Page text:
In the run-up to the Vancouver Olympics, a law has been proposed in British Columbia that would allow police officers to forcibly transport homeless people to shelters during ‘harsh’ weather. Once they are at the shelters, they will be permitted to leave at their discretion. While it is never desirable for people to be harmed for lack of shelter, this law strikes me as morally and legally problematic. It is certainly seems contrary to section nine of the Canadian Charter of Rights and Freedoms, which provides protection against arbitrary detention and imprisonment. The question then is whether it is ‘saved’ by section one, which allows for the other rights to be subjected “only to such reasonable limits prescribed by law as can be demonstrably justified in a free and democratic society.”
Under the Oakes test, which has become Canada’s standard but unofficial way of interpreting section one of the Charter, there are a number of requirements for allowing a law that violates a section of the Charter from being ‘saved’ by the ‘reasonable limits’ clause in section one. There must be a “pressing and substantial objective” and the means must be “proportional.” More specifically, the means must be “rationally connected to the objective,” involve a “minimal impairment of rights,” and that the law be proportional to the objective. People dying of exposure could certainly be categorized as a pressing and substantial objective, but I am less sure about whether there is a minimal impairment of rights involved. Certainly, the onus must be on those advocating the law to provide a strong argument for why it is constitutional. Such an argument would have to establish clearly that existing powers on the part of emergency services are inadequate to prevent homeless people suffering and dying during extreme weather, that forcible relocation would help, and that the violation of rights is proportional to the benefit.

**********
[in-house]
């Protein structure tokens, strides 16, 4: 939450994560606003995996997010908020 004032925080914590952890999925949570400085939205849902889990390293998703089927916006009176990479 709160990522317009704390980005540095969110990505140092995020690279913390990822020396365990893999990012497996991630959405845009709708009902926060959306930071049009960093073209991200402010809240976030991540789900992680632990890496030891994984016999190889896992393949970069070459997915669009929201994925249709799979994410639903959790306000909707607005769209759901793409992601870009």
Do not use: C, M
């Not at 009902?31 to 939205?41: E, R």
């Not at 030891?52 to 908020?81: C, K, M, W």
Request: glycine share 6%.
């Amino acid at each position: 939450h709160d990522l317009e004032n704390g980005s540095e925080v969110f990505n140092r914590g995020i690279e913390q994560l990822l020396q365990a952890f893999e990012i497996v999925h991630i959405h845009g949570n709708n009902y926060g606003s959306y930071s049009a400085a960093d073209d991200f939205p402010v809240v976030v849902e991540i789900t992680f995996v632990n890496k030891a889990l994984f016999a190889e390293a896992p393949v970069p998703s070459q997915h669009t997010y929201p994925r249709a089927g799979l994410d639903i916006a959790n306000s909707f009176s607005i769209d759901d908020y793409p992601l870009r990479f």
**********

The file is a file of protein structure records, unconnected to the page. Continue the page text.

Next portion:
The law may also be discriminatory insofar as it is meant to apply only to the homeless. Under the law, it seems like police would treat people differently when they came across them in extreme weather, based on whether they have a ‘home’ somewhere. The law would certainly never pass if it also included provisions for police to forcibly take people with homes back to them, if they happened to be out during an extreme weather event.
It is certainly important that shelters be available for the homeless, and that they be able to access them (especially during times of harsh weather). That being said, it is not clear why police should have the power to forcibly transport people. For one thing, the law risks being abused to clean up Vancouver’s image during the Olympics. Vancouver’s problems with drugs and homelessness are certainly something the Olympic organizers would want to keep out of the media. If they did so, however, it would be a shame; it would show that the city is prepared to simply suppress the visibility of enduring problems, rather than making a serious effort to respond to them.
Arguably, most of the problem of homelessness is the product of a weak social safety net, especially in areas like mental health and the treatment of drug addiction. For people who have others who care about them, it is possible to get reasonable assistance with such problems. For people with serious mental issues and nobody to play an assisting role, things must be much more difficult. Authorizing police to round up people who have committed no crime when it is cold and rainy seems more like an awkward cover-up mechanism than like a policy motivated by genuine concern for human welfare.